Five days left in 2020.

Five days to take stock

Five days to change course.

Five days to clear the decks.

Five days to be ready for a fresh start 1 January.

I trained as an accountant with KPMG in Dublin, Ireland and sat my finals 30 years ago in December 1990. My post KPMG career has predominantly been in senior roles in public and private organizations, large and small, in several sectors too.

And I’m good at it. I’d go so far as to say I’m very good at it. That’s what makes it hard.

My passion is consciousness, awareness, philosophy, psychology – what and who we are, why we’re here and where we’re going.

An honest account of my life story would have to have chapters on loss of a parent at a young age, being bullied, being a bully, learning to become invisible, stealing and lying, being sexually abused, problems with alcohol and drugs and the inevitable troubles those bring.

Unemployment and homelessness. Hopelessness and despair. Suicidal behavior, suicide attempts, being less than one breath away from death.

Redemption and salvation. Physical recovery. Mental recovery. Emotional opening. Spiritual and psychological seeking, striving and growth. Falling in love. Finally growing up and becoming an adult. Studying. Getting married. Becoming a parent. Getting hired. Getting fired. Moving house. Moving country.

In all that, being curious – about learning, about life, about choices, about why some things are easy and others are hard, about things I find easy to do that others find difficult, about struggling with issues that the people around me don’t seem to have any problem with.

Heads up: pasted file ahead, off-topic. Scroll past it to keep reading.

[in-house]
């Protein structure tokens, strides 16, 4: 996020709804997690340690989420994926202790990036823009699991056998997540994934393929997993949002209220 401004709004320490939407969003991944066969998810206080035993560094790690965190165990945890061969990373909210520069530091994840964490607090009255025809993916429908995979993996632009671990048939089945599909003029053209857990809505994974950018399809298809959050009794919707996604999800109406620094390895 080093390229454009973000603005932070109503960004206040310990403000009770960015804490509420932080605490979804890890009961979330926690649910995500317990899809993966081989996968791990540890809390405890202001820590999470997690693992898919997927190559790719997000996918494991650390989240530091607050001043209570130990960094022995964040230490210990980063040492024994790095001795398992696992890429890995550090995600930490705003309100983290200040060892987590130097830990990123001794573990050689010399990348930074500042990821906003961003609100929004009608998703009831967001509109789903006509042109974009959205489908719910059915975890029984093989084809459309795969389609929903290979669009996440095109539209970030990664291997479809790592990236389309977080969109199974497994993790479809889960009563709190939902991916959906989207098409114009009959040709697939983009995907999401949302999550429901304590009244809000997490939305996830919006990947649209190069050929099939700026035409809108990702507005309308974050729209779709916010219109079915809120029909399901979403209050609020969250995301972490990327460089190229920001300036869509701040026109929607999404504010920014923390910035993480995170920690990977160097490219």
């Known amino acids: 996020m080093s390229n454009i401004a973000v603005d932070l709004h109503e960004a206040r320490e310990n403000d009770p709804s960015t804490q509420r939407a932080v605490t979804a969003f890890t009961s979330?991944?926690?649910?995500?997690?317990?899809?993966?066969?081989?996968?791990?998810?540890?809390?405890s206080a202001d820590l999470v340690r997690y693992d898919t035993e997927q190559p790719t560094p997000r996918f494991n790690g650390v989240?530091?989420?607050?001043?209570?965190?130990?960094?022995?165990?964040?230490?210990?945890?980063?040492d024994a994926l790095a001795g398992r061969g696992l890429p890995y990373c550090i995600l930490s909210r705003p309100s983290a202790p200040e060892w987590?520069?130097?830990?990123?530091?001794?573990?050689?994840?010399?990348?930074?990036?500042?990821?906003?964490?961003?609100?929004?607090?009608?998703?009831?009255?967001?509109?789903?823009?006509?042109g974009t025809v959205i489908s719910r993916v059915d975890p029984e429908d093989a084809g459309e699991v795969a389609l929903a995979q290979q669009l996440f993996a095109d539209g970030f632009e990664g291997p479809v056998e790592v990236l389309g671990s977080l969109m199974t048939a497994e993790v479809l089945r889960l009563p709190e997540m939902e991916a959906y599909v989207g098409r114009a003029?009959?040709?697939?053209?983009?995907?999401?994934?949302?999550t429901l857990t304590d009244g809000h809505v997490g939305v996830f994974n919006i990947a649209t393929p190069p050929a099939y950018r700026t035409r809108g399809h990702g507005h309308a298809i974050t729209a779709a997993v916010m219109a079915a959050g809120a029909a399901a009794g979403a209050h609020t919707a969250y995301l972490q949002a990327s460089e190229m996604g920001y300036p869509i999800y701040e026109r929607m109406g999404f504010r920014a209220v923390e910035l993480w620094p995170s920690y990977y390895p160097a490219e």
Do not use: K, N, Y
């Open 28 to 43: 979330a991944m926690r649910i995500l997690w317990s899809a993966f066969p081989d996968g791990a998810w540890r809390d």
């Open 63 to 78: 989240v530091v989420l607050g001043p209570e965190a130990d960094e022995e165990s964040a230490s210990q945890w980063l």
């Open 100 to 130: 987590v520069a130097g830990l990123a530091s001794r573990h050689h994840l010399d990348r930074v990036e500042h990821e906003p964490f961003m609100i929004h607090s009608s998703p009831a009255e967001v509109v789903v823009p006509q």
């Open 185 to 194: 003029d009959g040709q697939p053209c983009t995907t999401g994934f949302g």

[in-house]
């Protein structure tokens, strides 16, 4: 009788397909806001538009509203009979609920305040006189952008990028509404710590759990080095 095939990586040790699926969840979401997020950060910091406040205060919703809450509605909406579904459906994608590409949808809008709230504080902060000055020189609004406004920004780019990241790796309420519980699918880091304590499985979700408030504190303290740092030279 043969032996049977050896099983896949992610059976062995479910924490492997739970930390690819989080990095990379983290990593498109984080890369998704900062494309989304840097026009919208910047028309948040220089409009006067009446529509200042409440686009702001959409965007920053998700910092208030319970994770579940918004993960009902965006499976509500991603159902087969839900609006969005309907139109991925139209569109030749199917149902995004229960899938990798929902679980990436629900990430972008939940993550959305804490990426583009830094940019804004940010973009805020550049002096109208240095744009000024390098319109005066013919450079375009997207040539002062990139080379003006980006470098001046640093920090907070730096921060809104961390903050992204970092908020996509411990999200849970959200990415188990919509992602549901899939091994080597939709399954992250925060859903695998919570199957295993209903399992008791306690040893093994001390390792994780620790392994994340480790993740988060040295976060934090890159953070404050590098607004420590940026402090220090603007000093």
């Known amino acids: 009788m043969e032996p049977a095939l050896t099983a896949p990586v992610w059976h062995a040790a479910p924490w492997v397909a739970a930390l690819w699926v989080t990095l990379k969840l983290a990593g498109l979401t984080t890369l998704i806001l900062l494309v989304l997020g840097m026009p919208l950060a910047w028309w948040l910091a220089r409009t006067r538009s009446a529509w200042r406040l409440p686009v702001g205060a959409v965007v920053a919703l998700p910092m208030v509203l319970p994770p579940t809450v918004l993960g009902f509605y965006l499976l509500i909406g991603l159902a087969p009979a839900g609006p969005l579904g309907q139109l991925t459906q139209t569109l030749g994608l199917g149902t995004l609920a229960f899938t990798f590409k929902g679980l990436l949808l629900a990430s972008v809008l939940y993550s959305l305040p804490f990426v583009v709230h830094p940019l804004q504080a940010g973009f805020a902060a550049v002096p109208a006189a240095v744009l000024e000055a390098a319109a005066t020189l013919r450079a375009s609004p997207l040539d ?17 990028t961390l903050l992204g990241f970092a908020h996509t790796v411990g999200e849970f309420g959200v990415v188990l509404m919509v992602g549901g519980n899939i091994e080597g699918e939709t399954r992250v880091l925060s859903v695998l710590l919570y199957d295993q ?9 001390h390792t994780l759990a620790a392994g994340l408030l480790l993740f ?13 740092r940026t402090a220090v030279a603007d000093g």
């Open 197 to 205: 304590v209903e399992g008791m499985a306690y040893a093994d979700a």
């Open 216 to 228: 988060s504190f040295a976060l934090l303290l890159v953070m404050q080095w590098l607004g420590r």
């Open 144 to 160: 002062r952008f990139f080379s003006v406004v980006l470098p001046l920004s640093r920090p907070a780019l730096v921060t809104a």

And I could go on, and on.

Throughout my adult life I’ve had to deal with people wanting to know why I don’t drink. Mostly, I haven’t bothered about what I tell them – it’s none of their business anyway so anything milder than telling them that is a courtesy – and when I have, I usually just say I drank too much and don’t get into it.

My internal dialogue on how and why I started drinking and taking drugs tied it back to the death of my father when I was 6 and the loneliness and isolation I felt after that. I conveniently skipped over having been sexually abused. Anytime it came to mind or the subject came up in conversation, I discounted it, deflected and distracted.

The first time I read Alice Miller’s “The Body Never Lies” I saw myself on every page and also found Penny Park’s “Rescuing the Inner Child” very powerful. But I wasn’t ready to take the next step. Two years ago a friend confided in me that he was anxious about attending an upcoming family event. He had been sexually abused at the age of 13 and his abuser would be there. From my detached perspective, it was easy to give good sound advice about what the options were.

The unintended consequence was my own experience came to front of mind. From 1975 to 2018, I carried this as a silent burden, a secret shame. Now it came bubbling back, my 43 year old stew simmering away inside. The upheaval was tremendous – I felt that I was back in it again and even though I knew it wasn’t happening again, I was flooded with anxiety, pent up emotion and pain – sorrow, anger, betrayal and abandonment, shame and guilt.

I was sexually abused in 1975 in Newbridge College, where I was a boarder. I was 13 years old. My abuser was a Dominican priest, Vincent Mercer. He was the Junior Dean i.e. head of the Junior College. He is a serial paedophile, convicted in 2003, 2005 and 2103 for the sexual abuse of young boys between 1970 and 1994. Still a member of the Dominican Order, he lives in Cork City. A psychologist testified in one of his trials that his chances of reoffending were less than 16%. This man preyed on children for at least 24 years and I find it hard to believe he has changed.